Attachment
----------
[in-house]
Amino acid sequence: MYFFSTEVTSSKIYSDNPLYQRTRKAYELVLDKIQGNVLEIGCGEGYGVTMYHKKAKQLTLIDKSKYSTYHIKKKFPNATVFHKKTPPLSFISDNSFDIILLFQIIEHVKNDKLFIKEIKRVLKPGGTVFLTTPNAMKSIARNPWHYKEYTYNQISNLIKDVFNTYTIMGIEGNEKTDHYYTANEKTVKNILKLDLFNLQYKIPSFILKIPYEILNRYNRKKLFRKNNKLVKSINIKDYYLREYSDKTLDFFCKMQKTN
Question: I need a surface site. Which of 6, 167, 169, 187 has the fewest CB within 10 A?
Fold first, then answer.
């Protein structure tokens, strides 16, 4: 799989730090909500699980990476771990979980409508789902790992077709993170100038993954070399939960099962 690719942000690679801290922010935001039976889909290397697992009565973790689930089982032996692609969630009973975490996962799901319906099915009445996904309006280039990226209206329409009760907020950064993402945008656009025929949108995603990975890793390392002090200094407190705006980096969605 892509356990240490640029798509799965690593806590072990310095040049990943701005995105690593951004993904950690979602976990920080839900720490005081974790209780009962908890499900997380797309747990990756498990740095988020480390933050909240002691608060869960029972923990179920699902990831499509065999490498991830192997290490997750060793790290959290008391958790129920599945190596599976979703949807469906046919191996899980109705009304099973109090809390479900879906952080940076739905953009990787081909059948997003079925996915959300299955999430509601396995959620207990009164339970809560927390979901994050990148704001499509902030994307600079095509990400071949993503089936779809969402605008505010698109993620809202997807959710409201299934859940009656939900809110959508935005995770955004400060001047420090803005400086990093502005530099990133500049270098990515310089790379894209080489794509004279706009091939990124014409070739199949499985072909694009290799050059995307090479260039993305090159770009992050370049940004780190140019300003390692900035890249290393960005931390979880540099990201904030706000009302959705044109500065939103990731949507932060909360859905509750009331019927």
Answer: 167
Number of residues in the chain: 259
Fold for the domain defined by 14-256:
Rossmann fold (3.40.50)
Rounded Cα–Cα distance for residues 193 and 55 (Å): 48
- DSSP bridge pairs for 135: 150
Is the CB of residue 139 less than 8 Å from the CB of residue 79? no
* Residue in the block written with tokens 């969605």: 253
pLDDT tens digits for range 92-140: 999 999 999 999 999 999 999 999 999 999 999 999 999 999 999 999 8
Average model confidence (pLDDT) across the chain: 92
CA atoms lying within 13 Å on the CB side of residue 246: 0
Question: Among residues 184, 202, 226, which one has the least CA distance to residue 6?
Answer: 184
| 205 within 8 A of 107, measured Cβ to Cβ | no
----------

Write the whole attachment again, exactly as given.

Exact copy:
[in-house]
Amino acid sequence: MYFFSTEVTSSKIYSDNPLYQRTRKAYELVLDKIQGNVLEIGCGEGYGVTMYHKKAKQLTLIDKSKYSTYHIKKKFPNATVFHKKTPPLSFISDNSFDIILLFQIIEHVKNDKLFIKEIKRVLKPGGTVFLTTPNAMKSIARNPWHYKEYTYNQISNLIKDVFNTYTIMGIEGNEKTDHYYTANEKTVKNILKLDLFNLQYKIPSFILKIPYEILNRYNRKKLFRKNNKLVKSINIKDYYLREYSDKTLDFFCKMQKTN
Question: I need a surface site. Which of 6, 167, 169, 187 has the fewest CB within 10 A?
Fold first, then answer.
């Protein structure tokens, strides 16, 4: 799989730090909500699980990476771990979980409508789902790992077709993170100038993954070399939960099962 690719942000690679801290922010935001039976889909290397697992009565973790689930089982032996692609969630009973975490996962799901319906099915009445996904309006280039990226209206329409009760907020950064993402945008656009025929949108995603990975890793390392002090200094407190705006980096969605 892509356990240490640029798509799965690593806590072990310095040049990943701005995105690593951004993904950690979602976990920080839900720490005081974790209780009962908890499900997380797309747990990756498990740095988020480390933050909240002691608060869960029972923990179920699902990831499509065999490498991830192997290490997750060793790290959290008391958790129920599945190596599976979703949807469906046919191996899980109705009304099973109090809390479900879906952080940076739905953009990787081909059948997003079925996915959300299955999430509601396995959620207990009164339970809560927390979901994050990148704001499509902030994307600079095509990400071949993503089936779809969402605008505010698109993620809202997807959710409201299934859940009656939900809110959508935005995770955004400060001047420090803005400086990093502005530099990133500049270098990515310089790379894209080489794509004279706009091939990124014409070739199949499985072909694009290799050059995307090479260039993305090159770009992050370049940004780190140019300003390692900035890249290393960005931390979880540099990201904030706000009302959705044109500065939103990731949507932060909360859905509750009331019927």
Answer: 167
Number of residues in the chain: 259
Fold for the domain defined by 14-256:
Rossmann fold (3.40.50)
Rounded Cα–Cα distance for residues 193 and 55 (Å): 48
- DSSP bridge pairs for 135: 150
Is the CB of residue 139 less than 8 Å from the CB of residue 79? no
* Residue in the block written with tokens 């969605």: 253
pLDDT tens digits for range 92-140: 999 999 999 999 999 999 999 999 999 999 999 999 999 999 999 999 8
Average model confidence (pLDDT) across the chain: 92
CA atoms lying within 13 Å on the CB side of residue 246: 0
Question: Among residues 184, 202, 226, which one has the least CA distance to residue 6?
Answer: 184
| 205 within 8 A of 107, measured Cβ to Cβ | no